NMSO Navigation Studies

Progress report: Training and Simulation for Complex Cognitive Tasks-R4U4C

PI: Ji Hyun Yang, PhD & Quinn Kennedy, PhD
Team members: Michael Day, Jesse Huston, LT Brad Cowden, MAJ Shane Grass,
LCDR Chris Kirby, LT Chris Neboshynsk

We have 4 thesis students who are working either directly on this study or on theses that take this training simulation to the next level:

  • LT Brad Cowden, USN: Modeling of helicopter pilot misperception during overland navigation
  • MAJ Shane Grass, USA: Utilizing eye tracking to aid student pilot’s situational awareness
  • LCDR Chris Kirby, USN: An Analysis of Helicopter Pilot Visual Scan Techniques When Conducting Low Level Flight
  • LT Chris Neboshynsky, USN: Expertise on Cognitive Workloads and Performance during Navigation and Target Detection

Specific milestones are listed below.

  • Data collection completed for three Human-in-the-loop experiments:
    • Modeling of helicopter pilot misperception during overland navigation
      • LT Brad Cowden designed the study and ran the experiment at NPS.
      • 15 subjects flew four routes (two manual and two auto route). During the navigation subjects were asked to pinpoint their location on the map, and rate their confidence in their response.

Figure 1. Example data from two pilots: actual trajectory (yellow line), red star (pilots' perception of their locations), numbers in rectangles (pilot’s confidence level between 0 and 1), and blue dot (actual locations). Left figure: pilot’s perceptions are different from actual locations, but confidence levels are high. Right figure: pilot’s perceptions and actual locations agree, but confidence levels tend to be lower than those from the left figure.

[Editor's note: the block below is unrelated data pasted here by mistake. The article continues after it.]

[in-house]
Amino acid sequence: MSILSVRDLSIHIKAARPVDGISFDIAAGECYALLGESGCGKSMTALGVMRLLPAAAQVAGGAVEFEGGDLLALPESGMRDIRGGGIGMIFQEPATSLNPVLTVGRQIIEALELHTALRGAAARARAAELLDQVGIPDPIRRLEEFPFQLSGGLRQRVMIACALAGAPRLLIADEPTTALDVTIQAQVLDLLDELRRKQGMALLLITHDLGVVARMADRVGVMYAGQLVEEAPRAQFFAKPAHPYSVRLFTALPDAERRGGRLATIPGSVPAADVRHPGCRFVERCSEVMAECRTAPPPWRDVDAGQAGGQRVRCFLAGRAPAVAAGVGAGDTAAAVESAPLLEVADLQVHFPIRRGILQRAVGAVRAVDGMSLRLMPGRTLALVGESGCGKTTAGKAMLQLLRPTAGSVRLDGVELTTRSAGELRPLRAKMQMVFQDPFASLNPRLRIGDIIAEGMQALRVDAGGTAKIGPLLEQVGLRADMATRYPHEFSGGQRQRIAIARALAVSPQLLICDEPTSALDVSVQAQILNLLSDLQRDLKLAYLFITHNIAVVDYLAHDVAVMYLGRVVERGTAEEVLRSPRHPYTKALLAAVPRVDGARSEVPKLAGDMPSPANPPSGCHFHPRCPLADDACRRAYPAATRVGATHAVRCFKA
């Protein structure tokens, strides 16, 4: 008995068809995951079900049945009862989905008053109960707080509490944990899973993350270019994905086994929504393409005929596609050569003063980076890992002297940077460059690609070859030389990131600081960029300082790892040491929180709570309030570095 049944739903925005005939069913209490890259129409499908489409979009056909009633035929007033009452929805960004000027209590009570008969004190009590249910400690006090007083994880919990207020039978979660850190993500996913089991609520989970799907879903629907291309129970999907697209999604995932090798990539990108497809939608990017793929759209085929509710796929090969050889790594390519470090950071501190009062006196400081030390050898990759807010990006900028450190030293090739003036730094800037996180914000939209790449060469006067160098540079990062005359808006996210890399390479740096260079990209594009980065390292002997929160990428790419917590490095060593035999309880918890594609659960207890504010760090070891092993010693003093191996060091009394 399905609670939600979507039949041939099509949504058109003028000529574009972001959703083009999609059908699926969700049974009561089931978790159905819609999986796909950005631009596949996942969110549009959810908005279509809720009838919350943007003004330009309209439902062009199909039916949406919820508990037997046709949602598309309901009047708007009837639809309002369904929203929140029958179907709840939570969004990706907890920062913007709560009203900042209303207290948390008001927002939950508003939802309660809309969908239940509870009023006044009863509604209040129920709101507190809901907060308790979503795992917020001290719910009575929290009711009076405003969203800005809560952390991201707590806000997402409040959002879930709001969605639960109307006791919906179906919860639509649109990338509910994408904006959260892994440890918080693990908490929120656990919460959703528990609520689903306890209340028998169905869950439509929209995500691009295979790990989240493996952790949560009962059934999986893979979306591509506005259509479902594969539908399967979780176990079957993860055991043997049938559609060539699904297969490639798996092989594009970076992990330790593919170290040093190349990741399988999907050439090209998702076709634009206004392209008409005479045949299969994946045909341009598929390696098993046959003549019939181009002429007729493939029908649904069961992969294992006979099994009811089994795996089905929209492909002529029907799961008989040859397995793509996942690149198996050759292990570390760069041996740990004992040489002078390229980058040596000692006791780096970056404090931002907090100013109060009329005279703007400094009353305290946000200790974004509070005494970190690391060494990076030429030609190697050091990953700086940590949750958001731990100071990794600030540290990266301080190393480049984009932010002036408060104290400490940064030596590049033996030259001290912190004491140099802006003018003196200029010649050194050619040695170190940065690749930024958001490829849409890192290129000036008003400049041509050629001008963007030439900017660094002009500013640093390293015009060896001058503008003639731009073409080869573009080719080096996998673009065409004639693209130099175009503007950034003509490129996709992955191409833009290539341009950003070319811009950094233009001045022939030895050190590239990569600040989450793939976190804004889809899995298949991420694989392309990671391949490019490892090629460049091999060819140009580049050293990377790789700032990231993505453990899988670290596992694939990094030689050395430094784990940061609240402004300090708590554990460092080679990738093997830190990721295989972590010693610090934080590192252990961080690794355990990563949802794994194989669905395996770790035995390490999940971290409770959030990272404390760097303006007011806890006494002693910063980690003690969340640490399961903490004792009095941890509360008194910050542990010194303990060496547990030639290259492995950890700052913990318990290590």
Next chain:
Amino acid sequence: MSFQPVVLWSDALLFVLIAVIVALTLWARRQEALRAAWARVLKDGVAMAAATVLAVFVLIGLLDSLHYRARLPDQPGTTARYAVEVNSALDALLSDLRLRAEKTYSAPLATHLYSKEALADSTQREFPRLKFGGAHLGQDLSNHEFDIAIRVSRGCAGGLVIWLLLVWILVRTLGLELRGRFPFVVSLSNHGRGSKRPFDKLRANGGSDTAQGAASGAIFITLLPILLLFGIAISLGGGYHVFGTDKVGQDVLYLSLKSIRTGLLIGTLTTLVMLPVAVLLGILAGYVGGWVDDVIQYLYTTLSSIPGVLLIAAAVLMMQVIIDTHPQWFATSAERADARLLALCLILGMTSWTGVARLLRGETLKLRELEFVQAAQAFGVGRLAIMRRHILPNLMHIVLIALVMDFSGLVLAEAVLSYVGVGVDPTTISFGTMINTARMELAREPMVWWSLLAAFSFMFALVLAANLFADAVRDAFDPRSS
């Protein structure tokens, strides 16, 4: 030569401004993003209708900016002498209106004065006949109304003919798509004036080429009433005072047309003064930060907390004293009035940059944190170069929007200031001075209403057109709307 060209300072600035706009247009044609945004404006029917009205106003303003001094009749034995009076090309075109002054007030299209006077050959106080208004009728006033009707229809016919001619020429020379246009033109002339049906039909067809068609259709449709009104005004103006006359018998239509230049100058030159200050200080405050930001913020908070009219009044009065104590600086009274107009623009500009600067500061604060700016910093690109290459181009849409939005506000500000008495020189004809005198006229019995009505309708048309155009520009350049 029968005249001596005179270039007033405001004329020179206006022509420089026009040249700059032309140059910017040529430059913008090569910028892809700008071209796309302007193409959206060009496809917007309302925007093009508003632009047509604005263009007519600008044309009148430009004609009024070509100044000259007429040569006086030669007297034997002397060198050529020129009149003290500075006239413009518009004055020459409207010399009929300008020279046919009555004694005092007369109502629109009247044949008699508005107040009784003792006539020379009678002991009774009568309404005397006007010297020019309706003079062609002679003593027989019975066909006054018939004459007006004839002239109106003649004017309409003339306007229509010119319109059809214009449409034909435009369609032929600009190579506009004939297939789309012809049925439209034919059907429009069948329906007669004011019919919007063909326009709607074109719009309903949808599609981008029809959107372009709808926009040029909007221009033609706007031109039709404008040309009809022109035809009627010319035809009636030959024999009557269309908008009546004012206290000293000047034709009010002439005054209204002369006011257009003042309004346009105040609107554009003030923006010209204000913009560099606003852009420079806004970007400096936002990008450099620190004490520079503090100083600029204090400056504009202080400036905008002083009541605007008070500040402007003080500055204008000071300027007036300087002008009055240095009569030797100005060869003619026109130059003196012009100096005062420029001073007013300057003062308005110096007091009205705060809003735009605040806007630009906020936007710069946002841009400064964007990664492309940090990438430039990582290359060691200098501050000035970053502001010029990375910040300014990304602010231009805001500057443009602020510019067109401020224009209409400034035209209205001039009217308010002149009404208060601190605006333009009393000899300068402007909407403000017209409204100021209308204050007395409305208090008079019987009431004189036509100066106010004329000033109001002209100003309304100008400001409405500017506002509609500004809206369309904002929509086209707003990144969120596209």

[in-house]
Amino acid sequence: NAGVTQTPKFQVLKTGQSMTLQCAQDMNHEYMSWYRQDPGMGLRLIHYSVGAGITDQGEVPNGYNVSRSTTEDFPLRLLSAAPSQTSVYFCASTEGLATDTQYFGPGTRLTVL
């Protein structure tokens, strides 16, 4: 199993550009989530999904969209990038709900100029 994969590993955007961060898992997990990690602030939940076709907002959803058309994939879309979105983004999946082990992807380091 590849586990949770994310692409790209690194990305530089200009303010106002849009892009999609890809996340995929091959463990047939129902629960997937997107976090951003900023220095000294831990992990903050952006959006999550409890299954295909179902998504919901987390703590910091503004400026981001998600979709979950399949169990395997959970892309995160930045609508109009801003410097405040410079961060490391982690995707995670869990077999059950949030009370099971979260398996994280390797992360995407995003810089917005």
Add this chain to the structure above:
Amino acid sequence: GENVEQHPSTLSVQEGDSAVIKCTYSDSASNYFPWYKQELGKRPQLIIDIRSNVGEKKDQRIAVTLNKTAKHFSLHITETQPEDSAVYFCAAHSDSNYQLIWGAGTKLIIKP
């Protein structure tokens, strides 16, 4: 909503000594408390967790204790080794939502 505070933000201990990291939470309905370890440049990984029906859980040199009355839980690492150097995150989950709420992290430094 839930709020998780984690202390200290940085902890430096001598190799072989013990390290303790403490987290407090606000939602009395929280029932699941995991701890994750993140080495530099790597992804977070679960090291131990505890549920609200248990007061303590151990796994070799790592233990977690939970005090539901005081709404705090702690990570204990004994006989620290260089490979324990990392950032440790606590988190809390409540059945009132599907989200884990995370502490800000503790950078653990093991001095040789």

• An Analysis of Helicopter Pilot Visual Scan Techniques When Conducting Low Level Flight
    • LT Chris Kirby and Mr. Jesse Huston ran the experiment at Naval Air Station (NAS) North Island.
    • 21 pilots assigned to squadrons at NAS North Island participated in the study.
    • Pilots flew a low level overland route at high speeds in a Tactical Operational Flight Simulator (TOFT) while faceLAB tracked their head and eye movements.

Figure 2 Example debrief video, faceLAB calibration screen, MH-60S TOFT2

  • Training Expert Navigation and Target Detection
    • Mr. Jesse Huston ran the experiment at NPS.
    • 15 subjects flew in a simulated environment in three scenarios: one focusing on navigation, one on target detection, and one on simultaneous navigation and target detection. FaceLAB tracked their head and eye movements and button responses for target detection were saved.
    • LT Chris Neboshynsky will analyze the data focusing on expertise and cognitive workloads.
    • We have made numerous technological improvements (mainly done by Mr. Michael Day) to the study to enhance the training potential of this simulation.  These improvements include:
      • Going from a 65 degree field-of-view out-the-window display to a 180 degree field-of-view of out-the-window display.
      • Going from an auto-rotation & fixed-translation map display to a touch-screen display that allows the pilot to control a map’s orientation and translation.
      • Going from a short joystick that required constant pressure to maintain attitude to a full size cyclic control stick.
      • Pilot seat now is in a helicopter cabin.
      • Improved the resolution of the terrain.

Figure 3 Left: Flight and Eye Scan Visualization Tool and Right: touch screen display

  • Other milestones completed:
    • Literature review completed.
    • Four IRB packages have been submitted and approved.
    • MOVES Research Summit presentation
      • We presented our current work at the MOVES 2011 RES NMSO session, at which the NMSO representative was briefed on our progress.

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